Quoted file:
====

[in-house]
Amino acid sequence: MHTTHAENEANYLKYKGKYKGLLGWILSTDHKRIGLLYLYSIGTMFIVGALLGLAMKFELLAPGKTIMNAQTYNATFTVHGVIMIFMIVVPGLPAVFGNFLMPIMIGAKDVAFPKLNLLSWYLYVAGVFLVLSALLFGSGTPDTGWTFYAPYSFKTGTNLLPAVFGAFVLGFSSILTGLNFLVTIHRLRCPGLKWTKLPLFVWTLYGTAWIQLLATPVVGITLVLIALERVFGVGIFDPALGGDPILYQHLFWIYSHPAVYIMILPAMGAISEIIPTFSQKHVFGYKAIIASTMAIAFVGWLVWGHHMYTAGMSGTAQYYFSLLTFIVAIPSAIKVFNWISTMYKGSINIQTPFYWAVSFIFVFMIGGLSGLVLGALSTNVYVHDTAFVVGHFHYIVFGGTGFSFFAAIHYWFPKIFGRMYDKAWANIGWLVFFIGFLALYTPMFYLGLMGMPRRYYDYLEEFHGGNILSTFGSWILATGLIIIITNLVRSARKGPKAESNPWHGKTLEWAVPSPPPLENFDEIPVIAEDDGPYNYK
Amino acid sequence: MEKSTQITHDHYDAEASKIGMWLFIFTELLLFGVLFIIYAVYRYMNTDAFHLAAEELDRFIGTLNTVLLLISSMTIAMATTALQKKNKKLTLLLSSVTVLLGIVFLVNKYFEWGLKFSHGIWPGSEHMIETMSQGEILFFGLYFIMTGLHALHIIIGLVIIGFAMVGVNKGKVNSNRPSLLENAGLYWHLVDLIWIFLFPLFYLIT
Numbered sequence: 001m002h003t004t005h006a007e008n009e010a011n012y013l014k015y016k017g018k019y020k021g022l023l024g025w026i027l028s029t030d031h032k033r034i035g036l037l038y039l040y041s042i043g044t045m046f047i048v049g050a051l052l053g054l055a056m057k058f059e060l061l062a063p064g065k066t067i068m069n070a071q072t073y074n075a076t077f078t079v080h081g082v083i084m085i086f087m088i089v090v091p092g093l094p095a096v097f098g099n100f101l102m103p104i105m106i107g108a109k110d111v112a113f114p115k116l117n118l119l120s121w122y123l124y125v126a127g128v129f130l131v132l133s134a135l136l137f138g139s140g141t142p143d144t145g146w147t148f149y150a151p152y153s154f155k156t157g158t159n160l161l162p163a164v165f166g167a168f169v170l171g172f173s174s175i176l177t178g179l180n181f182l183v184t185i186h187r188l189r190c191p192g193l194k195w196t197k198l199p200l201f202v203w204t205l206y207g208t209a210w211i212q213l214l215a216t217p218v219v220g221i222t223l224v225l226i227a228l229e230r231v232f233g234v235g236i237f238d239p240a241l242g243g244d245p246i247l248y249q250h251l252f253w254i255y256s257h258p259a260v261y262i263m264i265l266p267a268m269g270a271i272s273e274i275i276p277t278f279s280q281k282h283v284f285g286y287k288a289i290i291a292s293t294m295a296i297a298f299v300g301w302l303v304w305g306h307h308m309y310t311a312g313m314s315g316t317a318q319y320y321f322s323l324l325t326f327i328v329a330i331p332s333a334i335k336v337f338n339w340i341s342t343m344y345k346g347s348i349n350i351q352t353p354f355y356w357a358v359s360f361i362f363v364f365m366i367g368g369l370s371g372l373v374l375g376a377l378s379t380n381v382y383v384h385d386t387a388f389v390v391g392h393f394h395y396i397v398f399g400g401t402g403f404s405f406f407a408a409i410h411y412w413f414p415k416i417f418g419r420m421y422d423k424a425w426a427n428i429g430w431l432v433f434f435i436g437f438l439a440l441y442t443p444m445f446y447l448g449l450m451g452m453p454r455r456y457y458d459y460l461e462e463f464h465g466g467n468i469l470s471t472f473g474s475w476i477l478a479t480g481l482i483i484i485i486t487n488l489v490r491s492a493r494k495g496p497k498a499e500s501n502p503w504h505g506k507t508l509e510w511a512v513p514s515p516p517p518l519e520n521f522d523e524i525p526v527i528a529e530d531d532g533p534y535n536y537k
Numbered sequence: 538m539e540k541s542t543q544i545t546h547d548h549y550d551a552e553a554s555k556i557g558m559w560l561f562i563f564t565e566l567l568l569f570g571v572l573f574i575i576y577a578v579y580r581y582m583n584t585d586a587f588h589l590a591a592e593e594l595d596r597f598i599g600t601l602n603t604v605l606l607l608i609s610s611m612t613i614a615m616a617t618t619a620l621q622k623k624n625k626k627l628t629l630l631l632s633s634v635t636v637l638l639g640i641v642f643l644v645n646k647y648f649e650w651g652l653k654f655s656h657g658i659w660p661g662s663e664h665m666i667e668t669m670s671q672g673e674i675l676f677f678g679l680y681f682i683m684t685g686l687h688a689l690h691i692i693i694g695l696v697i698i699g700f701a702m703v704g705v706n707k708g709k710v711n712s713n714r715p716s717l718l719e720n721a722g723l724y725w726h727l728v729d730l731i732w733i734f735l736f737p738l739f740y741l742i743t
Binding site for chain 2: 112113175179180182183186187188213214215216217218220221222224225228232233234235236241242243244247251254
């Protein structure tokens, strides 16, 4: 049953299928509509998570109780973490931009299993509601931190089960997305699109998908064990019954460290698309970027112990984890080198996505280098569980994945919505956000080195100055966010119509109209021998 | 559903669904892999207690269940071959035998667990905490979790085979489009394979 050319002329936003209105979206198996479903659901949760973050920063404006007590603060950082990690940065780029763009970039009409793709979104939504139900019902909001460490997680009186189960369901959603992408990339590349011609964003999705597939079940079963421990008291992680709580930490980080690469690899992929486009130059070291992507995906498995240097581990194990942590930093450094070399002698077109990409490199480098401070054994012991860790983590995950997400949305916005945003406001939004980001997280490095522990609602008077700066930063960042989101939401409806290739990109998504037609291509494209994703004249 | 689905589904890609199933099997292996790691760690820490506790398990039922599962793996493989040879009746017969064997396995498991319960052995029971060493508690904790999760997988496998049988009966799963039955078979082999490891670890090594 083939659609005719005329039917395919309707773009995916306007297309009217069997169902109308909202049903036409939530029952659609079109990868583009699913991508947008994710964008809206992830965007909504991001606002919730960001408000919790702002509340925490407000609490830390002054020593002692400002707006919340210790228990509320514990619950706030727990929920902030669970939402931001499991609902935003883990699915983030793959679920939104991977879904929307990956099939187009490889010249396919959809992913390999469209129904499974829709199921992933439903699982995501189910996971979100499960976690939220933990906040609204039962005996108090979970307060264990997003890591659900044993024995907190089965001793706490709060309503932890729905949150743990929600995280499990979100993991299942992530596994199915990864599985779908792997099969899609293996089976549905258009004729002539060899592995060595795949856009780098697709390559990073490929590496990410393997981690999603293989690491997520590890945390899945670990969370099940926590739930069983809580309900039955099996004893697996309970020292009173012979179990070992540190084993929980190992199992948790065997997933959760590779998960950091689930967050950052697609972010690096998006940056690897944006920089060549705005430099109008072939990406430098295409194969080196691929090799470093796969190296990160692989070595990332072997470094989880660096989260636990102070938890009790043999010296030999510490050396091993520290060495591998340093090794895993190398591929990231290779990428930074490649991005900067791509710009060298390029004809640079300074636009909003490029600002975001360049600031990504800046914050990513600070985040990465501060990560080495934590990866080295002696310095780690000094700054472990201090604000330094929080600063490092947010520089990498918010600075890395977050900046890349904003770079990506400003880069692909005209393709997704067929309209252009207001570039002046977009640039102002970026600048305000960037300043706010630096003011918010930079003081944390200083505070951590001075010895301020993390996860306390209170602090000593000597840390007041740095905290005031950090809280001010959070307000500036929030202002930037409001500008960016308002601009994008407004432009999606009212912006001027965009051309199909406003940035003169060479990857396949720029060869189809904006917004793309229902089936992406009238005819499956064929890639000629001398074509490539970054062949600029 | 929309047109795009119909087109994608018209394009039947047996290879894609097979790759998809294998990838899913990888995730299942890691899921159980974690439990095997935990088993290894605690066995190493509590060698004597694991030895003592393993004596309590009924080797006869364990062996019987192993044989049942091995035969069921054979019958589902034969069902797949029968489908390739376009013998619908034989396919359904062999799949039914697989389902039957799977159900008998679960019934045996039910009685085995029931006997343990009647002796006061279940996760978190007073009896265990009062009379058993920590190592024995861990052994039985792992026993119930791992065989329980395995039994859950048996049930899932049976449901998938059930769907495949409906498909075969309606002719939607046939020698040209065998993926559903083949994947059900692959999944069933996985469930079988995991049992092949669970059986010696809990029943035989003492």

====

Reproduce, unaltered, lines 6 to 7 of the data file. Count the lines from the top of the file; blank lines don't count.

Binding site for chain 2: 112113175179180182183186187188213214215216217218220221222224225228232233234235236241242243244247251254
């Protein structure tokens, strides 16, 4: 049953299928509509998570109780973490931009299993509601931190089960997305699109998908064990019954460290698309970027112990984890080198996505280098569980994945919505956000080195100055966010119509109209021998 | 559903669904892999207690269940071959035998667990905490979790085979489009394979 050319002329936003209105979206198996479903659901949760973050920063404006007590603060950082990690940065780029763009970039009409793709979104939504139900019902909001460490997680009186189960369901959603992408990339590349011609964003999705597939079940079963421990008291992680709580930490980080690469690899992929486009130059070291992507995906498995240097581990194990942590930093450094070399002698077109990409490199480098401070054994012991860790983590995950997400949305916005945003406001939004980001997280490095522990609602008077700066930063960042989101939401409806290739990109998504037609291509494209994703004249 | 689905589904890609199933099997292996790691760690820490506790398990039922599962793996493989040879009746017969064997396995498991319960052995029971060493508690904790999760997988496998049988009966799963039955078979082999490891670890090594 083939659609005719005329039917395919309707773009995916306007297309009217069997169902109308909202049903036409939530029952659609079109990868583009699913991508947008994710964008809206992830965007909504991001606002919730960001408000919790702002509340925490407000609490830390002054020593002692400002707006919340210790228990509320514990619950706030727990929920902030669970939402931001499991609902935003883990699915983030793959679920939104991977879904929307990956099939187009490889010249396919959809992913390999469209129904499974829709199921992933439903699982995501189910996971979100499960976690939220933990906040609204039962005996108090979970307060264990997003890591659900044993024995907190089965001793706490709060309503932890729905949150743990929600995280499990979100993991299942992530596994199915990864599985779908792997099969899609293996089976549905258009004729002539060899592995060595795949856009780098697709390559990073490929590496990410393997981690999603293989690491997520590890945390899945670990969370099940926590739930069983809580309900039955099996004893697996309970020292009173012979179990070992540190084993929980190992199992948790065997997933959760590779998960950091689930967050950052697609972010690096998006940056690897944006920089060549705005430099109008072939990406430098295409194969080196691929090799470093796969190296990160692989070595990332072997470094989880660096989260636990102070938890009790043999010296030999510490050396091993520290060495591998340093090794895993190398591929990231290779990428930074490649991005900067791509710009060298390029004809640079300074636009909003490029600002975001360049600031990504800046914050990513600070985040990465501060990560080495934590990866080295002696310095780690000094700054472990201090604000330094929080600063490092947010520089990498918010600075890395977050900046890349904003770079990506400003880069692909005209393709997704067929309209252009207001570039002046977009640039102002970026600048305000960037300043706010630096003011918010930079003081944390200083505070951590001075010895301020993390996860306390209170602090000593000597840390007041740095905290005031950090809280001010959070307000500036929030202002930037409001500008960016308002601009994008407004432009999606009212912006001027965009051309199909406003940035003169060479990857396949720029060869189809904006917004793309229902089936992406009238005819499956064929890639000629001398074509490539970054062949600029 | 929309047109795009119909087109994608018209394009039947047996290879894609097979790759998809294998990838899913990888995730299942890691899921159980974690439990095997935990088993290894605690066995190493509590060698004597694991030895003592393993004596309590009924080797006869364990062996019987192993044989049942091995035969069921054979019958589902034969069902797949029968489908390739376009013998619908034989396919359904062999799949039914697989389902039957799977159900008998679960019934045996039910009685085995029931006997343990009647002796006061279940996760978190007073009896265990009062009379058993920590190592024995861990052994039985792992026993119930791992065989329980395995039994859950048996049930899932049976449901998938059930769907495949409906498909075969309606002719939607046939020698040209065998993926559903083949994947059900692959999944069933996985469930079988995991049992092949669970059986010696809990029943035989003492």